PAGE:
Some people with diabetes, especially those with type 2, may not monitor their blood sugar level. You may need to start monitoring it while having cancer treatment. Your cancer doctor or diabetes team can give you advice before you start treatment. If you do not already have monitoring equipment, ask your diabetes team for some. The diabetes team can tell you:

  • how to test your blood sugar
  • how many times to test a day
  • the sugar level you should be aiming for.

You should be given the contact number of a diabetes specialist. You can call them to talk about any worries you have about your diabetes. 

Going into hospital

You may need to spend some time in hospital during or after your cancer treatment. This will depend on the type of cancer you have and the treatment that is planned. You may only have to stay in hospital for a few hours. But you may have to stay longer.

You will usually know when you are going into hospital. This means you can plan to make sure that you have everything you need to manage your diabetes.

Your blood sugar levels may be higher or lower than usual while you are in hospital. This can happen because you are being less active and eating different food. It can also be caused by the stress of being in hospital. Your blood sugar will be checked regularly. Your doctors may need to adjust your diabetes treatment. They will talk to you about this first.

All the ward staff should know that you have diabetes. You should tell them when you first meet. They should also know about your diabetes care. If you cannot give them this information, they can contact your local diabetes team. You may also find it helpful to talk about your care with the hospital’s diabetes team, if there is one.

Being in hospital and having cancer treatment can make it more difficult to manage your diabetes. If you need help to control your blood sugar, it is important to ask the team looking after you.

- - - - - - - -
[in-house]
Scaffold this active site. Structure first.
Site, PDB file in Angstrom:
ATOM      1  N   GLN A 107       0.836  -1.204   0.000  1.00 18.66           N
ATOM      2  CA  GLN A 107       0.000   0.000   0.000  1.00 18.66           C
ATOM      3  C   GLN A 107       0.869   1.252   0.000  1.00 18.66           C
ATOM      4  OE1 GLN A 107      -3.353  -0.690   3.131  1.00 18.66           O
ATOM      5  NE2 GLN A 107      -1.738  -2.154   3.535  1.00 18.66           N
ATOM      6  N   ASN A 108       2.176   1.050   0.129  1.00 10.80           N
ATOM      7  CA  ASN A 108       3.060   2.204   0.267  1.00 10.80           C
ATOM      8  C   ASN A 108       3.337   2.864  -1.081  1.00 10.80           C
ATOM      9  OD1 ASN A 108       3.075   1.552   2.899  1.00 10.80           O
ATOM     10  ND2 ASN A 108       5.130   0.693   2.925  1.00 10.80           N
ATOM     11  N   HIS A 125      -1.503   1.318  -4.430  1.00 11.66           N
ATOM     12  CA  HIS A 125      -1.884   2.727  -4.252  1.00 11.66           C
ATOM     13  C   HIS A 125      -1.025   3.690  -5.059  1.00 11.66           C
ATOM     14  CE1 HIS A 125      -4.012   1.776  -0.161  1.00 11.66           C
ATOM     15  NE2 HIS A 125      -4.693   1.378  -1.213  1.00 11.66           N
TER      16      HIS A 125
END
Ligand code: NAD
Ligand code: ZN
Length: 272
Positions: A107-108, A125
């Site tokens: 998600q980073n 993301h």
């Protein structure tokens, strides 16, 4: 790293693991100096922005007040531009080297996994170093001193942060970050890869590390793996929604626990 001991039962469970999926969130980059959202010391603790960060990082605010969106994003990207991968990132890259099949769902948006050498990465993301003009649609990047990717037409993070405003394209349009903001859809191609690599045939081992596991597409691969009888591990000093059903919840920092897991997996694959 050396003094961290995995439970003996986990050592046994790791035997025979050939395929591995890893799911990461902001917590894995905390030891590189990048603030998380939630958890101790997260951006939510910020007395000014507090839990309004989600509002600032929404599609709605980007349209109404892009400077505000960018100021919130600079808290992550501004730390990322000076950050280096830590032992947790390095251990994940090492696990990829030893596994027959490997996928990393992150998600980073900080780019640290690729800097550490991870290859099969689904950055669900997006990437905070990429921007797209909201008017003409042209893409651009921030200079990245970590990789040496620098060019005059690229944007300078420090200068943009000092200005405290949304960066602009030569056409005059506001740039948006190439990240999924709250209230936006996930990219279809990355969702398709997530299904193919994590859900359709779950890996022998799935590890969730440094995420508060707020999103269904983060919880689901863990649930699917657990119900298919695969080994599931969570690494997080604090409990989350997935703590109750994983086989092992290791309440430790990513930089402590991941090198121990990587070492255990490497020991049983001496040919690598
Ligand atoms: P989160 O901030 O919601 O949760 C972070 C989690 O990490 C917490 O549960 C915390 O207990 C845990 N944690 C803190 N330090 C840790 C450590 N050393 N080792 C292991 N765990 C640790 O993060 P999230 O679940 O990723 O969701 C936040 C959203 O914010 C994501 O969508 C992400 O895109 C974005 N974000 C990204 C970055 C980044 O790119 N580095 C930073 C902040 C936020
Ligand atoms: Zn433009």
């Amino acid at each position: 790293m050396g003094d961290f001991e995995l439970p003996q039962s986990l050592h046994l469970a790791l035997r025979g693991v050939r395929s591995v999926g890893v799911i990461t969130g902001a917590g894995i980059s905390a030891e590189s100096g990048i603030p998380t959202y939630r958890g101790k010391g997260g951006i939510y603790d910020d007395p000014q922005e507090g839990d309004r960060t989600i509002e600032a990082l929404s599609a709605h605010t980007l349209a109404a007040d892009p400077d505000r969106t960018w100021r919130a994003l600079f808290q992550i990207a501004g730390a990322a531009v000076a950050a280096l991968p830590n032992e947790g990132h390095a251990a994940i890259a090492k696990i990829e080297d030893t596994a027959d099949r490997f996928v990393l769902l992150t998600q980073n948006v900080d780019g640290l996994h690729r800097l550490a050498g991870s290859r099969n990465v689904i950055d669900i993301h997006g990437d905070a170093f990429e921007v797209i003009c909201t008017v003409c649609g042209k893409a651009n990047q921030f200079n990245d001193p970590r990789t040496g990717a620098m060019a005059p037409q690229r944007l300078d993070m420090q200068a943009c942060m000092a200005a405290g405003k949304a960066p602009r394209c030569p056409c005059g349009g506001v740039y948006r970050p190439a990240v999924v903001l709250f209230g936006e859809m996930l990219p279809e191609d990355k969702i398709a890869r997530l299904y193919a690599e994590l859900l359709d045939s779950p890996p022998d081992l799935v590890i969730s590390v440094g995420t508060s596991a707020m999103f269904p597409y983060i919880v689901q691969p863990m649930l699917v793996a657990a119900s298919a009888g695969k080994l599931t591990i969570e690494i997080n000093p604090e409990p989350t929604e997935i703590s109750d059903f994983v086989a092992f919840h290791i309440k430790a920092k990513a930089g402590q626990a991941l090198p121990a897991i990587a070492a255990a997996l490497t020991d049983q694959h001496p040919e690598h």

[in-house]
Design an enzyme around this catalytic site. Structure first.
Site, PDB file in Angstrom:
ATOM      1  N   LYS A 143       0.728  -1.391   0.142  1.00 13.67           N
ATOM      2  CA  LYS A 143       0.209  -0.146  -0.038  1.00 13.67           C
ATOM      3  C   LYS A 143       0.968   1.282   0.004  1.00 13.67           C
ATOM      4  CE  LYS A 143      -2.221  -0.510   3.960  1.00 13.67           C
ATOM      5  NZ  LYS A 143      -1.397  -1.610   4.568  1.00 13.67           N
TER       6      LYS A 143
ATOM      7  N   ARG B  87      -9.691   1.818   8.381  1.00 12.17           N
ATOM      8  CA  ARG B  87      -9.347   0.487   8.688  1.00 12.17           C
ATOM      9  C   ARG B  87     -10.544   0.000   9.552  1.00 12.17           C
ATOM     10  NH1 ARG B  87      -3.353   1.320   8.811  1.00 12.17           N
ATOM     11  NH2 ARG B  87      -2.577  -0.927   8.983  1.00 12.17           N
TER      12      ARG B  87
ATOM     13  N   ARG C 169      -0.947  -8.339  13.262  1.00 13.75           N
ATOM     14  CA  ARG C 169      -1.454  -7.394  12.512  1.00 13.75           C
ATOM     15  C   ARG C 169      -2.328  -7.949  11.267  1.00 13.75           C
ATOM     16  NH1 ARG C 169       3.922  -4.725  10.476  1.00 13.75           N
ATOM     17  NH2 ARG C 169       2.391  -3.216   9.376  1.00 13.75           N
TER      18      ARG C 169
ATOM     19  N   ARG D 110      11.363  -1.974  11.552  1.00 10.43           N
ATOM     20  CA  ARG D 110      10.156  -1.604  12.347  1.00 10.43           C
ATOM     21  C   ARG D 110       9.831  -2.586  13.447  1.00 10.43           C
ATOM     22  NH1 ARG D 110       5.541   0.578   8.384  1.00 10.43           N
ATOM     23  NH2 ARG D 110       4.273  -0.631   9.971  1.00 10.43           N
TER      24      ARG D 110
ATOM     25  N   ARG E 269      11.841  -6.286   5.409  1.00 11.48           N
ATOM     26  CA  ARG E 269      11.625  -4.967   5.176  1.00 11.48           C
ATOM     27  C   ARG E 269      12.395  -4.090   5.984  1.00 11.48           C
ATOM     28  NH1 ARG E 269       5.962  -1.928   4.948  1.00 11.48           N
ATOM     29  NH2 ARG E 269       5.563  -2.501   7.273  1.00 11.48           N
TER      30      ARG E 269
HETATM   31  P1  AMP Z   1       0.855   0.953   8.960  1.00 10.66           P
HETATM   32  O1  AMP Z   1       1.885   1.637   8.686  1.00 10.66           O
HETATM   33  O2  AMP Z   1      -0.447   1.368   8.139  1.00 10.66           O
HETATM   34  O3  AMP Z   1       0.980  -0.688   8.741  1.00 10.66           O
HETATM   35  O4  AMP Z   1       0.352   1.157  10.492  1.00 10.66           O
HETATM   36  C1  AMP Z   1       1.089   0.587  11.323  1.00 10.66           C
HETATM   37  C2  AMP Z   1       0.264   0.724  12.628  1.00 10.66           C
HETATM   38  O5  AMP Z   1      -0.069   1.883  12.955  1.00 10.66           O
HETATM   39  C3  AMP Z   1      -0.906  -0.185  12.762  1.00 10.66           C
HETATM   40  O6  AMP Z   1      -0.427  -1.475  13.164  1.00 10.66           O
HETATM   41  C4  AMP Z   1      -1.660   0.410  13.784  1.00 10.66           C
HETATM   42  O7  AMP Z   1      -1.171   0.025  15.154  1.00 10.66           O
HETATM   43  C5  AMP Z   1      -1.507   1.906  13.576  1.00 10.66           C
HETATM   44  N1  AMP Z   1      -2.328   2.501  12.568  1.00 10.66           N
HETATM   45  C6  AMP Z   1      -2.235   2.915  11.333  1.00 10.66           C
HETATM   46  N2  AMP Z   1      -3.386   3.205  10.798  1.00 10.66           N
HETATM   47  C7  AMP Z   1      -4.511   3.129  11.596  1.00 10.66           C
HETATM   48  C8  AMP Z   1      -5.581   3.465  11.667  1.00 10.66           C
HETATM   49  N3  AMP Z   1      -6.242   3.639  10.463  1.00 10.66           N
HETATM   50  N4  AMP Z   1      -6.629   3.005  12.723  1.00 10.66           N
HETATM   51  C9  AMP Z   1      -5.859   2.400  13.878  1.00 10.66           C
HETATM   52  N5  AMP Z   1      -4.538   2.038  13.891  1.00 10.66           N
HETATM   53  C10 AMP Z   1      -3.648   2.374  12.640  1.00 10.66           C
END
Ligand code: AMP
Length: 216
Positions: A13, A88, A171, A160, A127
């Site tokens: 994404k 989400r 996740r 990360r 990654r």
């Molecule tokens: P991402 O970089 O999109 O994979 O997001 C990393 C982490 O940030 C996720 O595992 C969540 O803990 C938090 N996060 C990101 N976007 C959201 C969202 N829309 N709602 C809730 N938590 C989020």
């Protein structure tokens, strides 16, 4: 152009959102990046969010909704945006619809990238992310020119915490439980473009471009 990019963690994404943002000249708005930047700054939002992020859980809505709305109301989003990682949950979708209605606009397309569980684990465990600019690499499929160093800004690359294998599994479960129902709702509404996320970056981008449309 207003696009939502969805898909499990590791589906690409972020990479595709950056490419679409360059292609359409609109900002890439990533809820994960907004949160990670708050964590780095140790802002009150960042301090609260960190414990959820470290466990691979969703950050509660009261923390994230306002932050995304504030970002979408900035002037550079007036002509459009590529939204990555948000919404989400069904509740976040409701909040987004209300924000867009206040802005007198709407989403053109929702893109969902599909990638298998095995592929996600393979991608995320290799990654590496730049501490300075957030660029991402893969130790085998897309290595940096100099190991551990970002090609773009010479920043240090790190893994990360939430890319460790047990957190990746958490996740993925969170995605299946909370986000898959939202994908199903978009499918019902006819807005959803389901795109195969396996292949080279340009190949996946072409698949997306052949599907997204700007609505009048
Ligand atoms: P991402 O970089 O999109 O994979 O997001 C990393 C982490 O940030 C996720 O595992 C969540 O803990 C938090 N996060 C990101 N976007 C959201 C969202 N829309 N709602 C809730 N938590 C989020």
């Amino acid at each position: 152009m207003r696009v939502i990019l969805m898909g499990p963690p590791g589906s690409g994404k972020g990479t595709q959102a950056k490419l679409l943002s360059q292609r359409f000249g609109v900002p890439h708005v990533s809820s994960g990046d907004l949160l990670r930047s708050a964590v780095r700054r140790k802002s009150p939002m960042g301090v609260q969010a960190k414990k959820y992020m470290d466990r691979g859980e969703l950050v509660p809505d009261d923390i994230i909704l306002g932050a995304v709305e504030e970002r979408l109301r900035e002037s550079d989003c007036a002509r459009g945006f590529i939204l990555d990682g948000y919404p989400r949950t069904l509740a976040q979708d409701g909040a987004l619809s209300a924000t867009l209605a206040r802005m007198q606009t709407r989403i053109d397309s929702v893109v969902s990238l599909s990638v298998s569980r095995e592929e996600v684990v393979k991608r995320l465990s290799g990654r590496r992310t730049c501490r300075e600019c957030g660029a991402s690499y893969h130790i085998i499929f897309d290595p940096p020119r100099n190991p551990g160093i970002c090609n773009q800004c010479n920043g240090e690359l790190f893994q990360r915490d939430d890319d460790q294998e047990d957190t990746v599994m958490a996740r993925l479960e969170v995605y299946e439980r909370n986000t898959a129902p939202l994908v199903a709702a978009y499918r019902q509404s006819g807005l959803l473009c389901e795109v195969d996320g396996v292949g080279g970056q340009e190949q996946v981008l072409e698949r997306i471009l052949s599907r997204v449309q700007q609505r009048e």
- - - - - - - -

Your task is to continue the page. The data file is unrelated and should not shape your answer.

Diabetes equipment

When you go into hospital, you may want to take your own diabetes equipment. This could include your:

  • blood testing kit
  • insulin pen
  • insulin pump, if you use one.

The hospital may not use the equipment you are used to. And they may not have all the equipment you need. Before you go in, you could talk to the staff about what they have and what you would like to bring.

The nurses will check your blood sugar using the hospital equipment. You can use your own blood testing kit too, if you prefer.


Diabetes medicines

If you are admitted to hospital overnight or longer, take your insulin or tablets with you. The hospital pharmacy should be able to give you the medicines you normally use. Or they may give you something similar. Not every ward or unit will have all the different drugs used to treat diabetes. This means it can sometimes take a while to get them.

You may only spend a few hours in hospital at a time. For example, this might be if you are having chemotherapy in a day unit. It is a good idea to take some food and your medicines with you. Try to keep to your normal routine as much as you can.

This information was produced in partnership with Diabetes UK.
In partnership with Diabetes UK. Know diabetes. Fight diabetes.
Image: Diabetes UK